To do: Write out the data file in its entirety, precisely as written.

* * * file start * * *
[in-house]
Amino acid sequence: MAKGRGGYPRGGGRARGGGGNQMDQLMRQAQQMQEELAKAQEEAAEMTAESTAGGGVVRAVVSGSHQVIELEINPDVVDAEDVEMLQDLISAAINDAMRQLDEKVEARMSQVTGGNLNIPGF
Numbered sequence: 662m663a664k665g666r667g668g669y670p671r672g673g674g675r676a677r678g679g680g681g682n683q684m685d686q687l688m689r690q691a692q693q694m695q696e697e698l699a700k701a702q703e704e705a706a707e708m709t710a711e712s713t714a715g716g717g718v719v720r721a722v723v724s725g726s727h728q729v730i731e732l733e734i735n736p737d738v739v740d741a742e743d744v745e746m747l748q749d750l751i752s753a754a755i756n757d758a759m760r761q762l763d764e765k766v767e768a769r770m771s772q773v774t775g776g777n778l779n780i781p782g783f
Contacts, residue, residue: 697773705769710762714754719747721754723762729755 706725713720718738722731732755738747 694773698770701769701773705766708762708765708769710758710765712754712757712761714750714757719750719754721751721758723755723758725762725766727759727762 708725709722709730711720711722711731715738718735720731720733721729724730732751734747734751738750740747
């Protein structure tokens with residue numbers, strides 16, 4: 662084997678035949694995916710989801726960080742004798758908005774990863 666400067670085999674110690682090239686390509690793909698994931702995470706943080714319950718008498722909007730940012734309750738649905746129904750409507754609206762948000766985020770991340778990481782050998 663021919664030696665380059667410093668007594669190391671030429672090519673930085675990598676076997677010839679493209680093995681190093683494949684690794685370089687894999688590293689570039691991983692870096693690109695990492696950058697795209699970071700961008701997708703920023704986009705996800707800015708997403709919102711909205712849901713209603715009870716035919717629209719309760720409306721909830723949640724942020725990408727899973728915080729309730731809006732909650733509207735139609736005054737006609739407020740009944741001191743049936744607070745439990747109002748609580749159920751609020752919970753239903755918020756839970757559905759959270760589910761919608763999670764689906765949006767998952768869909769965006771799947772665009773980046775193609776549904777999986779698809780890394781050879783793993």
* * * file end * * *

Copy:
[in-house]
Amino acid sequence: MAKGRGGYPRGGGRARGGGGNQMDQLMRQAQQMQEELAKAQEEAAEMTAESTAGGGVVRAVVSGSHQVIELEINPDVVDAEDVEMLQDLISAAINDAMRQLDEKVEARMSQVTGGNLNIPGF
Numbered sequence: 662m663a664k665g666r667g668g669y670p671r672g673g674g675r676a677r678g679g680g681g682n683q684m685d686q687l688m689r690q691a692q693q694m695q696e697e698l699a700k701a702q703e704e705a706a707e708m709t710a711e712s713t714a715g716g717g718v719v720r721a722v723v724s725g726s727h728q729v730i731e732l733e734i735n736p737d738v739v740d741a742e743d744v745e746m747l748q749d750l751i752s753a754a755i756n757d758a759m760r761q762l763d764e765k766v767e768a769r770m771s772q773v774t775g776g777n778l779n780i781p782g783f
Contacts, residue, residue: 697773705769710762714754719747721754723762729755 706725713720718738722731732755738747 694773698770701769701773705766708762708765708769710758710765712754712757712761714750714757719750719754721751721758723755723758725762725766727759727762 708725709722709730711720711722711731715738718735720731720733721729724730732751734747734751738750740747
């Protein structure tokens with residue numbers, strides 16, 4: 662084997678035949694995916710989801726960080742004798758908005774990863 666400067670085999674110690682090239686390509690793909698994931702995470706943080714319950718008498722909007730940012734309750738649905746129904750409507754609206762948000766985020770991340778990481782050998 663021919664030696665380059667410093668007594669190391671030429672090519673930085675990598676076997677010839679493209680093995681190093683494949684690794685370089687894999688590293689570039691991983692870096693690109695990492696950058697795209699970071700961008701997708703920023704986009705996800707800015708997403709919102711909205712849901713209603715009870716035919717629209719309760720409306721909830723949640724942020725990408727899973728915080729309730731809006732909650733509207735139609736005054737006609739407020740009944741001191743049936744607070745439990747109002748609580749159920751609020752919970753239903755918020756839970757559905759959270760589910761919608763999670764689906765949006767998952768869909769965006771799947772665009773980046775193609776549904777999986779698809780890394781050879783793993």